Your muscles tense up to protect themselves from injury when you’re stressed. They tend to release again once you relax, but if you’re constantly under stress, your muscles may not get the chance to relax. Tight muscles cause headaches, back and shoulder pain, and body aches. Over time, this can set off an unhealthy cycle as you stop exercising and turn to pain medication for relief.
Stress is exhausting for both the body and mind. It’s not unusual to lose your desire when you’re under constant stress. While short-term stress may cause men to produce more of the male hormone testosterone, this effect doesn’t last.
If stress continues for a long time, a man’s testosterone levels can begin to drop. This can interfere with sperm production and cause erectile dysfunction or impotence. Chronic stress may also increase risk of infection for male reproductive organs like the prostate and testes.
For women, stress can affect the menstrual cycle. It can lead to irregular, heavier, or more painful periods. Chronic stress can also magnify the physical symptoms of menopause.
Stress stimulates the immune system, which can be a plus for immediate situations. This stimulation can help you avoid infections and heal wounds. But over time, stress hormones will weaken your immune system and reduce your body’s response to foreign invaders. People under chronic stress are more susceptible to viral illnesses like the flu and the common cold, as well as other infections. Stress can also increase the time it takes you to recover from an illness or injury.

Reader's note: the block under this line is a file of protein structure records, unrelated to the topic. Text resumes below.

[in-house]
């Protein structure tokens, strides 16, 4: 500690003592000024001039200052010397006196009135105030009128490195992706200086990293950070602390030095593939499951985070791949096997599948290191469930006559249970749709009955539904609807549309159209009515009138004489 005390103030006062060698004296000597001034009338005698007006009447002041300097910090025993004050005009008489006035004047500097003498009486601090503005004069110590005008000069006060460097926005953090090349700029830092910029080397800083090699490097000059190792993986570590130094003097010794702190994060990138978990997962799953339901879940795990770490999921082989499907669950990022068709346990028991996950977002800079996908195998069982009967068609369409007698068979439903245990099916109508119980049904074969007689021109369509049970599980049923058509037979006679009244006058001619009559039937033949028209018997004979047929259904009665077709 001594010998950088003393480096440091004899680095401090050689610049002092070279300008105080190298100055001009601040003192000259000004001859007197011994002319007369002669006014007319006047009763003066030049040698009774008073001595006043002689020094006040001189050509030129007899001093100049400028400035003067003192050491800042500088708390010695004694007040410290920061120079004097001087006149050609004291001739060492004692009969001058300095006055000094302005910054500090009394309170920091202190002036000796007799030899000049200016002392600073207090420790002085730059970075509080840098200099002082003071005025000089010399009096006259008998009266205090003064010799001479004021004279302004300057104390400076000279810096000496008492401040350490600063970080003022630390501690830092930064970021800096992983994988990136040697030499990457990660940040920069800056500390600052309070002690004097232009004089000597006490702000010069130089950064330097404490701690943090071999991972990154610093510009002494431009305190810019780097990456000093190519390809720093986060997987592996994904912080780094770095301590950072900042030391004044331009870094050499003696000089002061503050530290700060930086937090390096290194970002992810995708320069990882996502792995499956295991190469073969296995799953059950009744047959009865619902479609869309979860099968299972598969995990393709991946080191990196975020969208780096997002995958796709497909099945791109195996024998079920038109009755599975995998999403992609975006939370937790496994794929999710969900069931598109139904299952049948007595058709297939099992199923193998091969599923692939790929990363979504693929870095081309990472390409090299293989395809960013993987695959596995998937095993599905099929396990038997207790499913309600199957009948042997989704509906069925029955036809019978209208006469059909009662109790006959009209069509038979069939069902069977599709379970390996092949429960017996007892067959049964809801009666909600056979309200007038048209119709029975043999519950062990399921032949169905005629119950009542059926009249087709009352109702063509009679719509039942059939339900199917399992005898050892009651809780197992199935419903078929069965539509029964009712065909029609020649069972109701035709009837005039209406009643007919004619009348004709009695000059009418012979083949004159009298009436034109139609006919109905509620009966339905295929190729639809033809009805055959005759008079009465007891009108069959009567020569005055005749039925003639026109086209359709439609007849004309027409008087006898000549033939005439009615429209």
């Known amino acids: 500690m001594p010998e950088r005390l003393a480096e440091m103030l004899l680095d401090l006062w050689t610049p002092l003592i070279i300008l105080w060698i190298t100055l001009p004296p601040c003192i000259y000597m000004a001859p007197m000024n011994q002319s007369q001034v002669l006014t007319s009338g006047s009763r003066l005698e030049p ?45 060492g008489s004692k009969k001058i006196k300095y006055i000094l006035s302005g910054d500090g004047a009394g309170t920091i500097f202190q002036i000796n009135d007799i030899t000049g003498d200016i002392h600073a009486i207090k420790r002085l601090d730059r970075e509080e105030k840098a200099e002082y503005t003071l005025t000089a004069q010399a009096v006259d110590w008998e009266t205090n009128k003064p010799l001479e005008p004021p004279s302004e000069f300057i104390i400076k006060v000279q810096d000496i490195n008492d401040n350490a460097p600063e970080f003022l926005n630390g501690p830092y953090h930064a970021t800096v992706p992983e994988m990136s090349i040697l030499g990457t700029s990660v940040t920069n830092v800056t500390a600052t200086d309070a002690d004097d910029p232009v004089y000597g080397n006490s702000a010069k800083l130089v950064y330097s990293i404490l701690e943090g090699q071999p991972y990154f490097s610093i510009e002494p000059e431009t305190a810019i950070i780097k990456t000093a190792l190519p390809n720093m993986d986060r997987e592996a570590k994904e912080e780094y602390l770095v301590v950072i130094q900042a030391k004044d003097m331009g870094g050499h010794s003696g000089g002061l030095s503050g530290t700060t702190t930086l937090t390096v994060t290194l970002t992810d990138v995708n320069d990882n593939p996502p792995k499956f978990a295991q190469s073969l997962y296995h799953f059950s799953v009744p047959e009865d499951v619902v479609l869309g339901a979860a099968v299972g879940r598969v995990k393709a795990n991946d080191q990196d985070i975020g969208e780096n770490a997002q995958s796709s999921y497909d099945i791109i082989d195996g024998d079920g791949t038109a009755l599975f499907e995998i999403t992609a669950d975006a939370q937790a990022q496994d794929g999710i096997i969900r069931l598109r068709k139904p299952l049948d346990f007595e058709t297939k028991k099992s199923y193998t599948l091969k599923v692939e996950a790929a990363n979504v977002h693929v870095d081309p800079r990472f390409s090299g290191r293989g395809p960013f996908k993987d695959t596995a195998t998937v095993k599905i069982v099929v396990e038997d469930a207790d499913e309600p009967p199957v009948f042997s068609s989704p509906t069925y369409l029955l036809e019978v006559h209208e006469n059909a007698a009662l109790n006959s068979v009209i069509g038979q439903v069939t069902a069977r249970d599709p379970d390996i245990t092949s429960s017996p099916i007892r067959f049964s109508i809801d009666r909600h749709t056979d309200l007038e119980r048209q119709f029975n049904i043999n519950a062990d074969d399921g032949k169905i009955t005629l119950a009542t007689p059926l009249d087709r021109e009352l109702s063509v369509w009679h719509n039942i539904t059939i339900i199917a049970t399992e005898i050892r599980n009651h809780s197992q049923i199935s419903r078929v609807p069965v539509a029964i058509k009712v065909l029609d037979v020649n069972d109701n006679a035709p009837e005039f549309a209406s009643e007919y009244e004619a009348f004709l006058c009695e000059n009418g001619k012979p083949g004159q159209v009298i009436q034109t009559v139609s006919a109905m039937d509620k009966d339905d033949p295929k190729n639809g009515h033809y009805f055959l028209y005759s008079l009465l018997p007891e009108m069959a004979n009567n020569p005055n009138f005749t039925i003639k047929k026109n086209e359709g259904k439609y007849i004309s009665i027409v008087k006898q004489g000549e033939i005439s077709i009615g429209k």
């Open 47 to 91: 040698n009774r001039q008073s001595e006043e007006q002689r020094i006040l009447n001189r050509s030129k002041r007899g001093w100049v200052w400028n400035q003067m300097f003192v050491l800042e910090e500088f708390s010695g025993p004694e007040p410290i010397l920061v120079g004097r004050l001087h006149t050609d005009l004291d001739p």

Through evidence-based reviews and provider comparisons, we provide tips, tools, and resources to help you care for your physical and emotional well-being.LEARN MORE
Last medically reviewed on June 5, 2017
The Signs and Symptoms of Too Much Stress
Stress can be defined as the feeling of being overwhelmed or unable to cope with mental or emotional pressure. It can have mental and physical consequences (1).
At one point or another, most people deal with feelings of stress. In fact, a study from 2015 found that 59% of adults reported experiencing high levels of perceived stress (2Trusted Source).
Stress, which is a feeling of being overwhelmed by mental or emotional pressure, is a very common issue.
Decreased energy and insomnia
Prolonged stress can cause chronic fatigue and disruptions in sleep, which may result in decreased energy levels.
For example, a recent study of more than 7,000 working adults found that fatigue was “significantly associated” with work-related stress (3Trusted Source).
Stress may also disrupt sleep and cause insomnia, which can lead to low energy.